from The American Heritage® Dictionary of the English Language, 4th Edition

  • n. A brief, indefinite interval of time.
  • n. A specific point in time, especially the present time: He is not here at the moment.
  • n. A particular period of importance, influence, or significance in a series of events or developments: a great moment in history; waiting for her big moment.
  • n. Outstanding significance or value; importance: a discovery of great moment.
  • n. A brief period of time that is characterized by a quality, such as excellence, suitability, or distinction: a lackluster performance that nevertheless had its moments.
  • n. Philosophy An essential or constituent element, as of a complex idea.
  • n. Philosophy A phase or an aspect of a logically developing process.
  • n. Physics The product of a quantity and its perpendicular distance from a reference point.
  • n. Physics The tendency to cause rotation about a point or an axis.
  • n. Statistics The expected value of a positive integral power of a random variable. The first moment is the mean of the distribution.

from Wiktionary, Creative Commons Attribution/Share-Alike License

  • n. A brief, unspecified amount of time.
  • n. The smallest portion of time; an instant.
  • n. Weight or importance.
  • n. The turning effect of a force applied to a rotational system at a distance from the axis of rotation. Also called moment of force.
  • n. A definite period of time, specifically one-tenth of a point, or one-fortieth or one-fiftieth of an hour.
  • n. A petit mal episode; such a spell.
  • n. A fit, a short-duration tantrum, a hissy.

from the GNU version of the Collaborative International Dictionary of English

  • n. A minute portion of time; a point of time; an instant.
  • n. Impulsive power; force; momentum.
  • n. Importance, as in influence or effect; consequence; weight or value; consideration.
  • n. An essential element; a deciding point, fact, or consideration; an essential or influential circumstance.
  • n. An infinitesimal change in a varying quantity; an increment or decrement.
  • n. Tendency, or measure of tendency, to produce motion, esp. motion about a fixed point or axis.

from The Century Dictionary and Cyclopedia

  • To order or arrange to a moment.
  • n. A space of time incalculably or indefinitely small.
  • n. Precise point of time; exact or very instant, as of a motion, action, or occurrence: as, at that moment he expired.
  • n. A brief interval; the passing time: in the phrase for aor the moment: as, for a moment he was at a loss.
  • n. The present time; especially, with the definite article, the precise instant of opportunity.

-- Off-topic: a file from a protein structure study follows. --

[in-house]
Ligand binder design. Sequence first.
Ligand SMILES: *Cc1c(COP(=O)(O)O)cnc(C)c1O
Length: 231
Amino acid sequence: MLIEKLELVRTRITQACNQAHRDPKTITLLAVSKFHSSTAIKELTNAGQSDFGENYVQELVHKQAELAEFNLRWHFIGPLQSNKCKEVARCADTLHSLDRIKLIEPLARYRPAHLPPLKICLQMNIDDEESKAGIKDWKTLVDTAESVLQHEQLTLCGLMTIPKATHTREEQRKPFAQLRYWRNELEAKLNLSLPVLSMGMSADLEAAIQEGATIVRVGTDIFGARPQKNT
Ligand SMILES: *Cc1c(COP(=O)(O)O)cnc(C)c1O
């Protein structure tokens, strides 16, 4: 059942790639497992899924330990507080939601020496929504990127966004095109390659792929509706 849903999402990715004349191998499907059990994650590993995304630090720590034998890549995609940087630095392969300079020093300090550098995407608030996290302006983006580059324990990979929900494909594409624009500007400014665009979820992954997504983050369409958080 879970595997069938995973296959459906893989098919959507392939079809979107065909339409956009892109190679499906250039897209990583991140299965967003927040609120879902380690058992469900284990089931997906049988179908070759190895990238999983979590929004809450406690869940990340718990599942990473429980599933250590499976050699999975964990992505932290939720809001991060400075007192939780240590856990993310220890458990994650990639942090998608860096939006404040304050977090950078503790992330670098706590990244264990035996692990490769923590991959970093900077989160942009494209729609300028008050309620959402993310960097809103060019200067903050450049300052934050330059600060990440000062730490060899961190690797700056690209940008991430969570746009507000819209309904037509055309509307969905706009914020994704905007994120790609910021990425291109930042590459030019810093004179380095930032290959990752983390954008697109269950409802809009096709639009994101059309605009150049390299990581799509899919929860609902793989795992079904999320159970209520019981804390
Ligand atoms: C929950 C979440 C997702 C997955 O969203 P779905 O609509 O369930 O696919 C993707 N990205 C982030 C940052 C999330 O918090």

• n. Momentum; impetus; moving cause; impelling force or occasion.
  • n. Notable purport; weight or value; importance; consequence: as, his opinions are of little moment to us.
  • n. A forcible or convincing plea.
  • n. An essential or constituent element; an important factor.
  • n. In mathematics, an increment or decrement; an infinitesimal change in a varying quantity.
  • n. In mech., in general, effect; avail.
  • n. With reference to a line or axis, the product of the component of the force in the plane perpendicular to the line by the distance of that component from that line.
  • n. In statistics, influence in determining the position of the center or of the axis of distribution, as of population or resources.

from WordNet 3.0 Copyright 2006 by Princeton University. All rights reserved.

  • n. at this time
  • n. a turning force produced by an object acting at a distance (or a measure of that force)
  • n. a particular point in time
  • n. having important effects or influence
  • n. the n-th moment of a distribution is the expected value of the n-th power of the deviations from a fixed value
  • n. an indefinitely short time


Middle English, from Old French, from Latin mōmentum, from *movimentum; see momentum.
(American Heritage® Dictionary of the English Language, Fourth Edition)
From Old French moment, from Latin momentum. (Wiktionary)



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  • Aha! That must be the answer!

    November 7, 2007

  • Why twelves and not tens?

    polydactyly resulting from inbreeding in the upper echelons of society who determined this kind of thing?

    November 7, 2007

  • See?! Now that's the kind of weirdness I was questioning on the long ton page. Who the heck decided an hour would be 40 parts, divided into 12 ounces of 7.5 seconds each?

    And, for that matter, who decided it would be 60 minutes, each made up of 60 seconds? Or that a day would have 24 hours instead of, say, 10? Why twelves and not tens?

    November 7, 2007

  • I know! Who needs minutes? "So let's 'bout we meet at the restaurant at 10 moments and 4 ounces after 5? And don't be late!"

    November 7, 2007

  • I love the idea of time being measured in ounces.

    November 7, 2007

  • This is a very momentous bit of information. I must find a way to incorporate it.

    November 7, 2007

  • In the Middle Ages, a moment was a specific measure of time equal to 1/40 hour or 1.5 minutes, and was divided into 12 ounces of 7.5 seconds each.

    November 7, 2007